Description of Getresponse Get_Response’ Undefined Method Hostname’
Getresponse is primarily an email Advertising app that allows you to: Get_Response’ Undefined Method Hostname’
Import and host a mailing list and also capture data onto it
generate newsletters which could be delivered to the subscribers on your mailing list
automate your mails to subscribers via utilization of’autoresponders’
perspective and analyse data linked to your email marketing campaigns — open rate, click through, forward etc..
Lately however, Getresponse’s attribute set has developed quite a bit, to the point where it is becoming more of an’all-purpose’ marketing alternative.
In addition to email advertising, it now also supplies training hosting, landing pages, and a few CRM (client relationship management) functionality.
We are going to discuss all these features in depth below, but first, let us look at pricing.
Getresponse’s attribute set is arguably one of the most comprehensive on the market.
Not only does it provide all of the crucial stuff you’d expect from an email marketing platform – record hosting, templates, autoresponders, analytics and so forth, but as mentioned previously, it has been expanding the feature set to the point at which it’s morphing into an all-in-one / CRM-style advertising and marketing platform.
The question is if Getresponse is a jack of all trades and master of not – let us drill down into the crucial features to learn.
Up until quite recently Getresponse service was one of the most comprehensive available for email advertising tools: the firm offered phone service alongside live chat support, email support and various online tutorials / resources.
Regrettably, the phone service has now been discontinued. Instead you’ll have to use live chat (24/7) or email support. To be honest, most similar e-marketing platform suppliers only offer both of these channels – if phone service is a deal-breaker for you then you may wish to contemplate Aweber, which nonetheless supplies it (you can read our Aweber review ).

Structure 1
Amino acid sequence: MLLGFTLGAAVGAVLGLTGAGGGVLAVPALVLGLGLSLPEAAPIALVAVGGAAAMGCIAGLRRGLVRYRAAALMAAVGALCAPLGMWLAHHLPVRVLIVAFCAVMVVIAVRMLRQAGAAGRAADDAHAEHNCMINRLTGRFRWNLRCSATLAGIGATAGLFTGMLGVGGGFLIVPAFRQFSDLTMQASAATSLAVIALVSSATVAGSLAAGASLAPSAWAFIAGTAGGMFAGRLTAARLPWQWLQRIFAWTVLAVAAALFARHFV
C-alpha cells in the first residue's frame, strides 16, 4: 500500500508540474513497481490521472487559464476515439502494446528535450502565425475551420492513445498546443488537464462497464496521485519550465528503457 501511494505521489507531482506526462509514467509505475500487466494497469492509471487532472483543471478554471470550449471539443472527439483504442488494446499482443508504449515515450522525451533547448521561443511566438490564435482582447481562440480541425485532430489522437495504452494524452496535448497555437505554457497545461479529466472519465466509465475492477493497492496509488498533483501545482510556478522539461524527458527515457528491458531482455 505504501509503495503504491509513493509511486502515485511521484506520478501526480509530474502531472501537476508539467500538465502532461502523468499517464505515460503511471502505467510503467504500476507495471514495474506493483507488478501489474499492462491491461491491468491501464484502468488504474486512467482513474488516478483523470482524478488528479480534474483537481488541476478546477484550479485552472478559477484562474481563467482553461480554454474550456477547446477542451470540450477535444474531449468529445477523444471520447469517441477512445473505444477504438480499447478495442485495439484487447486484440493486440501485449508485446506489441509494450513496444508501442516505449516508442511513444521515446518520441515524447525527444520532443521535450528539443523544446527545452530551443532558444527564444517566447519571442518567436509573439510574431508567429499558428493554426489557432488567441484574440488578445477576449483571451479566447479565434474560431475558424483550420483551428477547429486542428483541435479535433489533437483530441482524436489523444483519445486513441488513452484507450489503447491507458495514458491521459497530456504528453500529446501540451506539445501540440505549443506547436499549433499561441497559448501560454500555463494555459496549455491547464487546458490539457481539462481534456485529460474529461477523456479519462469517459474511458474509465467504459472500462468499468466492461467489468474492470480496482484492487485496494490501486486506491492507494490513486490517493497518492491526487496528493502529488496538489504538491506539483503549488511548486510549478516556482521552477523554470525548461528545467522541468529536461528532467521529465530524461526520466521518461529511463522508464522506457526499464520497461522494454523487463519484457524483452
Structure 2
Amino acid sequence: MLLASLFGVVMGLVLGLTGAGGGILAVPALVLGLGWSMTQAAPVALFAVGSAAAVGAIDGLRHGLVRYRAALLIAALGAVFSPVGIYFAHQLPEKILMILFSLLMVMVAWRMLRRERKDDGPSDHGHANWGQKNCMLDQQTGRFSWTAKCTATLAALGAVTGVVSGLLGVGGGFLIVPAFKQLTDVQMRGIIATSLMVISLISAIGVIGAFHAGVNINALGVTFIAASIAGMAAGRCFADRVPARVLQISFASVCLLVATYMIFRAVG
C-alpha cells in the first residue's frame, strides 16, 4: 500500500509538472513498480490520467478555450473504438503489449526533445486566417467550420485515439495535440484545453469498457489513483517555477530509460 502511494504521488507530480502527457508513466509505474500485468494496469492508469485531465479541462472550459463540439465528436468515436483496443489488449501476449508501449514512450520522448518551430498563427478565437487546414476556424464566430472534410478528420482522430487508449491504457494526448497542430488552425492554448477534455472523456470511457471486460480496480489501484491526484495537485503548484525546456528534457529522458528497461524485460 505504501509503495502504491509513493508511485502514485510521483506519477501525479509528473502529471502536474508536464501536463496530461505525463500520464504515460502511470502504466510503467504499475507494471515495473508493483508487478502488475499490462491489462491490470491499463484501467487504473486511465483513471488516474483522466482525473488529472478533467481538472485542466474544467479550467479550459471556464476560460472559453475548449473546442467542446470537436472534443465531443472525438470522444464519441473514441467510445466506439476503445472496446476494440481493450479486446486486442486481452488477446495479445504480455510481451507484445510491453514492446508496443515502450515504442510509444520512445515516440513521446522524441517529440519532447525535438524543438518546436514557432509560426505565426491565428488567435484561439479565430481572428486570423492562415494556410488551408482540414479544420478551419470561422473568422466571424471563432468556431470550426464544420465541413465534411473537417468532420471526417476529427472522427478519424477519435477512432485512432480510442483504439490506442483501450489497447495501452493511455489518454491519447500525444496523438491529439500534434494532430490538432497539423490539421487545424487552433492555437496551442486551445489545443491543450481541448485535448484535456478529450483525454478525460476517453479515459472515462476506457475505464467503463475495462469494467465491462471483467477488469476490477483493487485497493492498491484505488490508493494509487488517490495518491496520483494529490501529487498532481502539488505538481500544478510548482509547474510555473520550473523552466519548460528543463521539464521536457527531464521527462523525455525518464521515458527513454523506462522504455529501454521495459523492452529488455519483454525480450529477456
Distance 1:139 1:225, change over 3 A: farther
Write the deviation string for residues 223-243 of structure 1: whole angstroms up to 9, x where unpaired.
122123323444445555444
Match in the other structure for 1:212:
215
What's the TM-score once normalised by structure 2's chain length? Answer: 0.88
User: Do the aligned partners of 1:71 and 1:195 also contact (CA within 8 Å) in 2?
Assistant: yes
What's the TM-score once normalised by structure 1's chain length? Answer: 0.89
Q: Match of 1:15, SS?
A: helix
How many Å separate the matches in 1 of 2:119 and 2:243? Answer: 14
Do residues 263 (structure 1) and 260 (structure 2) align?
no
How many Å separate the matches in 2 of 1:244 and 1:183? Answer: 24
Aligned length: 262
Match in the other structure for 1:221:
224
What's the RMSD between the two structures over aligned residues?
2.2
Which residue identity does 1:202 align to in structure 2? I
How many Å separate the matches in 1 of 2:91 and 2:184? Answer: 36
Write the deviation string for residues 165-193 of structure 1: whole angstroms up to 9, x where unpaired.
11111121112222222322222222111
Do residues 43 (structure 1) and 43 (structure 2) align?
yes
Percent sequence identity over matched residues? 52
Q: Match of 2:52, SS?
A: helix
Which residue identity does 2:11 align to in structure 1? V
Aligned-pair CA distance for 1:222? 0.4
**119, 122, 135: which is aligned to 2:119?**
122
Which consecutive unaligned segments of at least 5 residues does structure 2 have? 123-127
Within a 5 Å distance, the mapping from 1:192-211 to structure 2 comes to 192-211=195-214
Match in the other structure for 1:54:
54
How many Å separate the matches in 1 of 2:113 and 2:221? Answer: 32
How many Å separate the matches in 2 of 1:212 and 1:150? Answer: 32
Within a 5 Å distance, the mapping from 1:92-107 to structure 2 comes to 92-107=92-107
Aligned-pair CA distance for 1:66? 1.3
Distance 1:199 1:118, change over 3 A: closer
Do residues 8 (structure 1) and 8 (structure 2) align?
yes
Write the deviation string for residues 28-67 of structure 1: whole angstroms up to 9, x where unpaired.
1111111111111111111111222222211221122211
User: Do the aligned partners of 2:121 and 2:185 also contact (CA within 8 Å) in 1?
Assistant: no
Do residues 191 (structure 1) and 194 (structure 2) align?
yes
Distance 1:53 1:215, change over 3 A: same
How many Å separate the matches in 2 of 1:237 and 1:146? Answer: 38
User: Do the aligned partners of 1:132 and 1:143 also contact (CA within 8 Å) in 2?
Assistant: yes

Concerning the quality of Getresponse service, I’ve not had to use it very frequently (a good thing) but once I’ve I’ve found it for a bit of a mixed bag (less of a fantastic thing). Some of the live chat support I have received was outstanding, and I haven’t needed to wait too much time to talk to an agent; the email service less so.
Some of the feedback I’ve got from our readers will suggest that there do need to be improvements made in terms of the quality of support Getresponse offer. As with a number of these types of companies, I anticipate it often boils down to that you get on the day. Get_Response’ Undefined Method Hostname’
Getresponse offers some very comprehensive reporting and analytics choices. You get all the Fundamentals of course – open speed, click-through, unsubscribe rates and so on – but in addition to that you will find some very nifty features Which Are worth a Specific mention, specifically:
‘one-click segmentation’: the choice to identify people who did not engage with an e-newsletter you sent and put them in a section of subscribers which you may then email again using a different version of the e-newsletter
‘metrics over time’: you can find out exactly when a lot of your readers take action in your emails, and period your prospective mailouts based on this info
’email ROI’: by incorporating some tracking code into your post-sales page on your site, it is possible to find out how efficiently (or not!) Your email campaigns are driving sales, and work out your return on investment in electronic mail advertising.
Per-user info – you can click on one of your subscribers and see in which they signed from, where they are found and which emails they’ve opened in the past.
Mailchimp and Aweber offer some comparable reporting performance (particularly around sales tracking) but Getresponse’s reporting tool is decidedly one of most fully featured out there (it certainly trounces the stats choices provided by Mad Mimi and Campaign Monitor).
Thus far so good with Getresponse, but in regards to templates, Getresponse arguably drops down a bit.
Regrettably, the templates supplied out of the box seem a bit dated; they are not as attractive as the ones offered by Mailchimp or even Campaign Monitor (and that I marginally prefer Aweber’s offering here also ).
On the other hand, the templates are very tweakable – you can change fonts, designs and imagery easily enough with all the controls supplied; and naturally there is nothing to prevent you designing your own HTML email template and importing the code for this.
Additionally, there are tons of templates to choose from — over 500 — and they’re presented in easy-to-understand categories, therefore it is generally pretty simple to find a good starting point for a template and then edit it before you are delighted with the plan.